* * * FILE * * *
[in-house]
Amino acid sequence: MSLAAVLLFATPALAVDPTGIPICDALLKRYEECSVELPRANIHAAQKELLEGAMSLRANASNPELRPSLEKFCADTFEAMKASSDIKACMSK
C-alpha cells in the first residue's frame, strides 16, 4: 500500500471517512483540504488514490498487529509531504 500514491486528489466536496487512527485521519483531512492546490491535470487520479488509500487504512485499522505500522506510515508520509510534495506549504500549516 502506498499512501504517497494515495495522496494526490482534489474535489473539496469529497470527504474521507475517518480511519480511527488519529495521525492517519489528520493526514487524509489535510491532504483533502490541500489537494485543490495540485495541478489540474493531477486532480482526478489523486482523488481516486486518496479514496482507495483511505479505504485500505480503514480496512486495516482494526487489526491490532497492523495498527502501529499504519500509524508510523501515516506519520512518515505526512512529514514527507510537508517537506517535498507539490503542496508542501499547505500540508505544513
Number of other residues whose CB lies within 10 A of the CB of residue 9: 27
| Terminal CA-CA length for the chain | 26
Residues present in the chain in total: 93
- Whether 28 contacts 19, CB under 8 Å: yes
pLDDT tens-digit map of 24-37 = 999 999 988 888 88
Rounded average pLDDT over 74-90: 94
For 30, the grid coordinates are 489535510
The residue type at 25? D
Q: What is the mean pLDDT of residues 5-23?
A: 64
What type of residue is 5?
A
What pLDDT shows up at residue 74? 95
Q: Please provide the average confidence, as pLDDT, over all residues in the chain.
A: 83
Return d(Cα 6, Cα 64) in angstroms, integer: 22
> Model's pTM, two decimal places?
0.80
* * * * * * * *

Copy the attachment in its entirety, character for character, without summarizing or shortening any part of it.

[in-house]
Amino acid sequence: MSLAAVLLFATPALAVDPTGIPICDALLKRYEECSVELPRANIHAAQKELLEGAMSLRANASNPELRPSLEKFCADTFEAMKASSDIKACMSK
C-alpha cells in the first residue's frame, strides 16, 4: 500500500471517512483540504488514490498487529509531504 500514491486528489466536496487512527485521519483531512492546490491535470487520479488509500487504512485499522505500522506510515508520509510534495506549504500549516 502506498499512501504517497494515495495522496494526490482534489474535489473539496469529497470527504474521507475517518480511519480511527488519529495521525492517519489528520493526514487524509489535510491532504483533502490541500489537494485543490495540485495541478489540474493531477486532480482526478489523486482523488481516486486518496479514496482507495483511505479505504485500505480503514480496512486495516482494526487489526491490532497492523495498527502501529499504519500509524508510523501515516506519520512518515505526512512529514514527507510537508517537506517535498507539490503542496508542501499547505500540508505544513
Number of other residues whose CB lies within 10 A of the CB of residue 9: 27
| Terminal CA-CA length for the chain | 26
Residues present in the chain in total: 93
- Whether 28 contacts 19, CB under 8 Å: yes
pLDDT tens-digit map of 24-37 = 999 999 988 888 88
Rounded average pLDDT over 74-90: 94
For 30, the grid coordinates are 489535510
The residue type at 25? D
Q: What is the mean pLDDT of residues 5-23?
A: 64
What type of residue is 5?
A
What pLDDT shows up at residue 74? 95
Q: Please provide the average confidence, as pLDDT, over all residues in the chain.
A: 83
Return d(Cα 6, Cα 64) in angstroms, integer: 22
> Model's pTM, two decimal places?
0.80